I don’t like shopping for the sake of shopping for the sake of entertainment. I tried to go shopping for a reason, it doesn’t always happen, because sometimes I just want to go out and see what’s out there. But just like, it’s not my hobby, like shopping can’t be my hobby anymore. So I try to come into shopping with a list, shopping from intention and not from reaction. That’s why inventory is really important. You can see gaps like, I need more fuzzy socks, I need a coffee to go cup, I need more conditioner, we probably don’t need more conditioner, you probably have like three half used bottles in your bathroom, put them all together, use it all up. And then you can vote go buy more conditioner. But we buy a lot of things on reaction, just on the fear, the fear of what if the fear of the scarcity mindset, like it’s a good deal. I’ll link a couple links to those in the show notes about what if I need this one day in scarcity mindset, because over the years, I have learned that I can walk away from a lot of deals with the abundance mindset, that it’s going to come back around the things that are for me in this world, they’ll come back around, I don’t want to buy into the urgency and the scarcity of a good deal unless it’s something I was already planning on buying. And it’s something that I really like, love. Because that’s the next kind of rule that I have for myself is buy what you love. And I know that’s hard, because sometimes we think we just need to solve a need. And we’ll accept a lot of alternatives. So sometimes it’s helpful to ask yourself, what is worth holding out for? If I have this item in mind, am I just going to accept a substitute? Or am I going to hold out for what I really, really want? So then the item is in your cart? Let’s say, here’s a couple things you can do. You can do an identity check, does this item work with your lifestyle? is it part of the life that you want? Does it kind of represent the person that you are that you want to be and not this aspirational version of you? And then do a motivation check? Do you like your reasons for getting it? Do you like your reasons for spending money on it? Do you like your reasons for bringing it into your home? And sometimes I do a delayed gratification check which can kind of go with the last point about the sale and the scarcity mindset. Because especially if it’s a kind of a big ticket item or something you didn’t plan on buying, you can ask yourself, can I hold off on this? Can I give it a day to think about this. Remember when we would put items on hold at stores, I did this a lot when I was younger, like it was a thing I rarely went back to the store. Because when we’re in the moment and we have that dopamine rush of like I’m gonna buy this, it’s so exciting. If we kind of step back from that and and let those emotions kind of simmer down a little we can think about things a bit more rationally. And then just a practical step. If you are bringing stuff into your home and you feel like storage is an issue, clutter is an issue. maybe think about how you want to be handling that do you want to get rid of stuff that you’re not using anymore Do you want like a one in one out system. So be mindful also of how you’re accumulating and be intentional with that. I’m going to wrap up with a simple pleasure and I think this is the perfect time of year for this one that I’m going to share. And that is a hot bath. I consider hot baths to be a form of water therapy is cathartic For me it is relaxing for me, I feel like I sleep better. I feel like I’m more relaxed. My friends know that I’m kind of notorious for loading up the iPad watching TV in the tub. Well sipping something delicious, whether it’s an old fashioned or a tea, or honey water, whatever, put on some candles. And I just love to have that time I feel like it’s one of the only times where I can just sit and be still and be really quiet. And my kids have also started to do it too. They asked for a hot bath with some salts and some music and some candles and I set them up and actually in my seven year old son the other day told me I want to relax in a boozy bath. So I didn’t teach him that one. But he’s not wrong. Because it does kind of feel fancy. If you get those good smelling soaps and a couple candles, it’s the whole experience. It’s a whole spa experience. I know some of you are like I don’t want to have a bath, I’m anti bath, I don’t want to bathe in my body water I get it, I get it, you’re gonna have a quick rinse in the shower and then fill up that tub and just have a really relaxing way to kind of unwind for the night.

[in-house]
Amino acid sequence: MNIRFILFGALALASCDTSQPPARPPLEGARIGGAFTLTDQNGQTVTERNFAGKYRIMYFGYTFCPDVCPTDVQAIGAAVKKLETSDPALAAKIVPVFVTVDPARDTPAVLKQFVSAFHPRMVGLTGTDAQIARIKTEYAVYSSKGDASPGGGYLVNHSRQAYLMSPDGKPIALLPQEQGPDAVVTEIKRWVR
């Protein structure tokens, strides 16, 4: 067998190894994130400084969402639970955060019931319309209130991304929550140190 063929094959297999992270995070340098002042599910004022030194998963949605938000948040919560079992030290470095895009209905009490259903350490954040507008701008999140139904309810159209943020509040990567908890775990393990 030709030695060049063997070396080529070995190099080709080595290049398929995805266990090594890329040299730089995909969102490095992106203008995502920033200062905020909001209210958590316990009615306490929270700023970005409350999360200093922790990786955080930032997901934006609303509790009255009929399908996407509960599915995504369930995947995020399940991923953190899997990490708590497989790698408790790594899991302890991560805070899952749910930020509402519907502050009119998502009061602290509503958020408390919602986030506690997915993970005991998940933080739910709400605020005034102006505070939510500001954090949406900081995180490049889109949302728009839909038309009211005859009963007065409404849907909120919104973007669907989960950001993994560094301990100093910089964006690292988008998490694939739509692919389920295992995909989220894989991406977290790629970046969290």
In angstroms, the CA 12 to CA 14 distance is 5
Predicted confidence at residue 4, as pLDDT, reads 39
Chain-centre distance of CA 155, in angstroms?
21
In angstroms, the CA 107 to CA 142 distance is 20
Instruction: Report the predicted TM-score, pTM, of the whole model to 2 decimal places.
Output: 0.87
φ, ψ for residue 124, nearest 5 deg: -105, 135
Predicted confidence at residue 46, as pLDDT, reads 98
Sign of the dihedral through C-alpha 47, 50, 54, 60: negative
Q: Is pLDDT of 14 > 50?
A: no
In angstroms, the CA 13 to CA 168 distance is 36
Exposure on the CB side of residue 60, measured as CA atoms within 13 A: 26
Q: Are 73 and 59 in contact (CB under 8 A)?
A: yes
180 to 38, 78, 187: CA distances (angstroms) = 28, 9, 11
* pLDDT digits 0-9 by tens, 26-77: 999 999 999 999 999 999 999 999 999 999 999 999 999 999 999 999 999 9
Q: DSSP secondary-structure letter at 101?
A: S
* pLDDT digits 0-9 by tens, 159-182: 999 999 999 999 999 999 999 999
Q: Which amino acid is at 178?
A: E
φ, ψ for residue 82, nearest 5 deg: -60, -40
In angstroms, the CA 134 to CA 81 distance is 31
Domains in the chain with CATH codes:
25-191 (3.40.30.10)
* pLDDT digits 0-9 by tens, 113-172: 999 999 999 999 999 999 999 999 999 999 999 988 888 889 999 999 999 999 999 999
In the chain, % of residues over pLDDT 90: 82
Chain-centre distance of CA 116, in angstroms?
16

I also love to read in the tub, read some good books, it doesn’t always have to be with the screen guys. So that’s my simple pleasure that I would encourage you to try out this week. All right friends, as always, I love to hear from you. I love to hear from you in the Facebook group on Instagram and I love to hear your reviews. Thank you to those of you who have left reviews recently. I did see some in New Zealand and in the States. I would love for you to leave a review as well if you’re in Canada my home country I’d love to hear from you guys. Just go to your podcast player, scroll down to the bottom of the podcast and click leave a review. I’d love to see you there. Have a great day